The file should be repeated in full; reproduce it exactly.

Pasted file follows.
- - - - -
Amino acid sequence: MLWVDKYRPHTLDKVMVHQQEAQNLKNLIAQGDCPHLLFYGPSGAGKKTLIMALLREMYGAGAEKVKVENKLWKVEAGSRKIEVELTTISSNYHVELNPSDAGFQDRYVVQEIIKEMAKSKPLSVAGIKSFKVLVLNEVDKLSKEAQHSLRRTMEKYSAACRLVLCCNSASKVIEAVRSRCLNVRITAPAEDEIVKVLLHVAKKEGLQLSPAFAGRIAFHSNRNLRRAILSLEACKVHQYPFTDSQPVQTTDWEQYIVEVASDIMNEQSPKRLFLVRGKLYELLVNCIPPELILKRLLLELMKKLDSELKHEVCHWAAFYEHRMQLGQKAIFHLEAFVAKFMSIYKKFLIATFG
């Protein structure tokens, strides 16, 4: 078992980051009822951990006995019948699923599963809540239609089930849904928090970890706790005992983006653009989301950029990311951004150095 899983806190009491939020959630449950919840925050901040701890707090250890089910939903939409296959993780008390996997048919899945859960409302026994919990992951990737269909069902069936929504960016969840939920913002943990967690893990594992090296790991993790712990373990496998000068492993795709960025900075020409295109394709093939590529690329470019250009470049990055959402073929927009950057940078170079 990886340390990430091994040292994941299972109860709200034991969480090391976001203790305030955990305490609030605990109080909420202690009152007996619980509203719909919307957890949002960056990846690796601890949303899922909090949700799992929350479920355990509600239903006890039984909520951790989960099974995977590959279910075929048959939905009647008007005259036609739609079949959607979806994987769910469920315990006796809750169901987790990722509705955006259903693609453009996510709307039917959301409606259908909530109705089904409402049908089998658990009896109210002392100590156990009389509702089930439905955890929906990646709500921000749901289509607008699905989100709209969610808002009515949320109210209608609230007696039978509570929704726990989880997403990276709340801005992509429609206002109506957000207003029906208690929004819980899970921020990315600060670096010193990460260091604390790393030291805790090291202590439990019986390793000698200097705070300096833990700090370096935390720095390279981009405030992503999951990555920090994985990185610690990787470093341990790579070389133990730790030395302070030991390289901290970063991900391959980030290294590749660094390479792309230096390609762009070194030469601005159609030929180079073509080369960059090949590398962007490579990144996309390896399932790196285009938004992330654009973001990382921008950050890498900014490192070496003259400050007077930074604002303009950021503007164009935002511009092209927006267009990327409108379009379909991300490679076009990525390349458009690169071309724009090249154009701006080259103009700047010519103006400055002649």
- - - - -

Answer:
Amino acid sequence: MLWVDKYRPHTLDKVMVHQQEAQNLKNLIAQGDCPHLLFYGPSGAGKKTLIMALLREMYGAGAEKVKVENKLWKVEAGSRKIEVELTTISSNYHVELNPSDAGFQDRYVVQEIIKEMAKSKPLSVAGIKSFKVLVLNEVDKLSKEAQHSLRRTMEKYSAACRLVLCCNSASKVIEAVRSRCLNVRITAPAEDEIVKVLLHVAKKEGLQLSPAFAGRIAFHSNRNLRRAILSLEACKVHQYPFTDSQPVQTTDWEQYIVEVASDIMNEQSPKRLFLVRGKLYELLVNCIPPELILKRLLLELMKKLDSELKHEVCHWAAFYEHRMQLGQKAIFHLEAFVAKFMSIYKKFLIATFG
């Protein structure tokens, strides 16, 4: 078992980051009822951990006995019948699923599963809540239609089930849904928090970890706790005992983006653009989301950029990311951004150095 899983806190009491939020959630449950919840925050901040701890707090250890089910939903939409296959993780008390996997048919899945859960409302026994919990992951990737269909069902069936929504960016969840939920913002943990967690893990594992090296790991993790712990373990496998000068492993795709960025900075020409295109394709093939590529690329470019250009470049990055959402073929927009950057940078170079 990886340390990430091994040292994941299972109860709200034991969480090391976001203790305030955990305490609030605990109080909420202690009152007996619980509203719909919307957890949002960056990846690796601890949303899922909090949700799992929350479920355990509600239903006890039984909520951790989960099974995977590959279910075929048959939905009647008007005259036609739609079949959607979806994987769910469920315990006796809750169901987790990722509705955006259903693609453009996510709307039917959301409606259908909530109705089904409402049908089998658990009896109210002392100590156990009389509702089930439905955890929906990646709500921000749901289509607008699905989100709209969610808002009515949320109210209608609230007696039978509570929704726990989880997403990276709340801005992509429609206002109506957000207003029906208690929004819980899970921020990315600060670096010193990460260091604390790393030291805790090291202590439990019986390793000698200097705070300096833990700090370096935390720095390279981009405030992503999951990555920090994985990185610690990787470093341990790579070389133990730790030395302070030991390289901290970063991900391959980030290294590749660094390479792309230096390609762009070194030469601005159609030929180079073509080369960059090949590398962007490579990144996309390896399932790196285009938004992330654009973001990382921008950050890498900014490192070496003259400050007077930074604002303009950021503007164009935002511009092209927006267009990327409108379009379909991300490679076009990525390349458009690169071309724009090249154009701006080259103009700047010519103006400055002649």